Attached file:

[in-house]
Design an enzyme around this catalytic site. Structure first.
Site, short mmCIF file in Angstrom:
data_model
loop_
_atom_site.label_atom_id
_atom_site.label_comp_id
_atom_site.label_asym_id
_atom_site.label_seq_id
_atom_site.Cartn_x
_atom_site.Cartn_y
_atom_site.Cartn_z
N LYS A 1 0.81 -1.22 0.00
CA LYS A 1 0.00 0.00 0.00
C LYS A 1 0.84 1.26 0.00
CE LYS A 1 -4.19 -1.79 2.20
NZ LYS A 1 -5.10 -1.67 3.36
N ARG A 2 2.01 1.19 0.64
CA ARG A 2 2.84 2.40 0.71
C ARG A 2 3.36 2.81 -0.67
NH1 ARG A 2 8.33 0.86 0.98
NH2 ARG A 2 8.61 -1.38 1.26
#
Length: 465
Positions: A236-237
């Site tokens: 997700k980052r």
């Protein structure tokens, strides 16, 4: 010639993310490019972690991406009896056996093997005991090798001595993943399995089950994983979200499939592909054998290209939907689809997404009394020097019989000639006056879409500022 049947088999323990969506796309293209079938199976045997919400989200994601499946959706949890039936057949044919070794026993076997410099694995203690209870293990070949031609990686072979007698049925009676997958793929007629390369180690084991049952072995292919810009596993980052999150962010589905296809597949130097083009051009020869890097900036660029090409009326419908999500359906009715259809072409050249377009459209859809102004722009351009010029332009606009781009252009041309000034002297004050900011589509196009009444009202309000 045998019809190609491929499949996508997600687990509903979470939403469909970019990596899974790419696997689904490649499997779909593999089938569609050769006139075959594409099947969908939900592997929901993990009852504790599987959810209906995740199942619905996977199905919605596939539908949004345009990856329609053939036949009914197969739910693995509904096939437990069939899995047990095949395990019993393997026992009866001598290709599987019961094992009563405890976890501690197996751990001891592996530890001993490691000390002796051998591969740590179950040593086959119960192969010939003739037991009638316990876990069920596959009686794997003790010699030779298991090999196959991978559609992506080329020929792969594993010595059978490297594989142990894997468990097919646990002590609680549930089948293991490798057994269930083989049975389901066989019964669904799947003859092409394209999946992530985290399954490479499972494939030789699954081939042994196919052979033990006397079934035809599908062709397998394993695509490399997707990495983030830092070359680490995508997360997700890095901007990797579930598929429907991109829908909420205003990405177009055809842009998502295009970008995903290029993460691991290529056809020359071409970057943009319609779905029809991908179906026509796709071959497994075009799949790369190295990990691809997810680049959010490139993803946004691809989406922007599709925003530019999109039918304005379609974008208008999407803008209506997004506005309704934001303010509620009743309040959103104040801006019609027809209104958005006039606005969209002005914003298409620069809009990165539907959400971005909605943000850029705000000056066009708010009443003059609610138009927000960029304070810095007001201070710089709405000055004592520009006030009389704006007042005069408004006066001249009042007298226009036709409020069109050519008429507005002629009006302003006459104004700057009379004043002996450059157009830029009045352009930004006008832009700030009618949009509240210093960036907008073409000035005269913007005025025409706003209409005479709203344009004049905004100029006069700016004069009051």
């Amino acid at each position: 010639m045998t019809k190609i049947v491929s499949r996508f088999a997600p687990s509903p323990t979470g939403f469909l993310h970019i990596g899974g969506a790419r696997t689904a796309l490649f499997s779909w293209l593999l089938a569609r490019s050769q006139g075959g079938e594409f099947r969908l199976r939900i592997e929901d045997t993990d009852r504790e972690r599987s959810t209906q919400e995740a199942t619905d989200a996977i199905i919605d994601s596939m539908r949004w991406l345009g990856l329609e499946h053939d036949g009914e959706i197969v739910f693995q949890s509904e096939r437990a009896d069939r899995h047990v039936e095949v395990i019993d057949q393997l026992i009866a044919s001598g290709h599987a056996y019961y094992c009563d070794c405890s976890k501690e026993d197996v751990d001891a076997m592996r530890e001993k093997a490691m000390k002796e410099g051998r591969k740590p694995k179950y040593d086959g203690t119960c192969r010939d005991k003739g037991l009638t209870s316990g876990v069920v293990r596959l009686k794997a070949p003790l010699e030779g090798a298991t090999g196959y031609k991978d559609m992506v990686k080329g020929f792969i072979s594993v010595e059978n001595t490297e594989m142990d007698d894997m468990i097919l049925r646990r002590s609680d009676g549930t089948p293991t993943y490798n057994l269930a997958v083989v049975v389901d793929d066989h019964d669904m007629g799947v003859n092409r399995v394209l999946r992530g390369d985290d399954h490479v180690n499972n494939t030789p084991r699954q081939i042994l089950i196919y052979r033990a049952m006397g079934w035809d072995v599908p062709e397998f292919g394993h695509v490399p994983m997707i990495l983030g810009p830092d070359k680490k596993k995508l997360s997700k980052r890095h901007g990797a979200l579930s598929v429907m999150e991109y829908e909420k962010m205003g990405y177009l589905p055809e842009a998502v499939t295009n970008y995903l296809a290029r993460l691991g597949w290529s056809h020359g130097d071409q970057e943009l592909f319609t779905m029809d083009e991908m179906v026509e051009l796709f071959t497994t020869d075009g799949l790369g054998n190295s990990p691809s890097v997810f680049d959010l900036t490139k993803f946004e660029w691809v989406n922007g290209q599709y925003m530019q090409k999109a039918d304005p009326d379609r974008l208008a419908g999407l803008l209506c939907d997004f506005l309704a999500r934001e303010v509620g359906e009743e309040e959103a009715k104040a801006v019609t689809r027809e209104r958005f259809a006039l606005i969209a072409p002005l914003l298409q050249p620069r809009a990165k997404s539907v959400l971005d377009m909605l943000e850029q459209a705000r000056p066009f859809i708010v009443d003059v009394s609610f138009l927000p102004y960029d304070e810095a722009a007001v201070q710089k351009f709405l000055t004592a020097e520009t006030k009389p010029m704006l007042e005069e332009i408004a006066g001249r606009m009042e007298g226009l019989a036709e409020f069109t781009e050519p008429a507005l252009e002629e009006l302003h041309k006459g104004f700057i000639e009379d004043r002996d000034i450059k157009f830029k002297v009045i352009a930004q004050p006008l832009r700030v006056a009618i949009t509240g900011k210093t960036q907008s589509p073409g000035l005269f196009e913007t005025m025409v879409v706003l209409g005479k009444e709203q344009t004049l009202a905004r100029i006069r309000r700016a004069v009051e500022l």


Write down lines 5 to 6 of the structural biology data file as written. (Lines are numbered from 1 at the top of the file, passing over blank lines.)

loop_
_atom_site.label_atom_id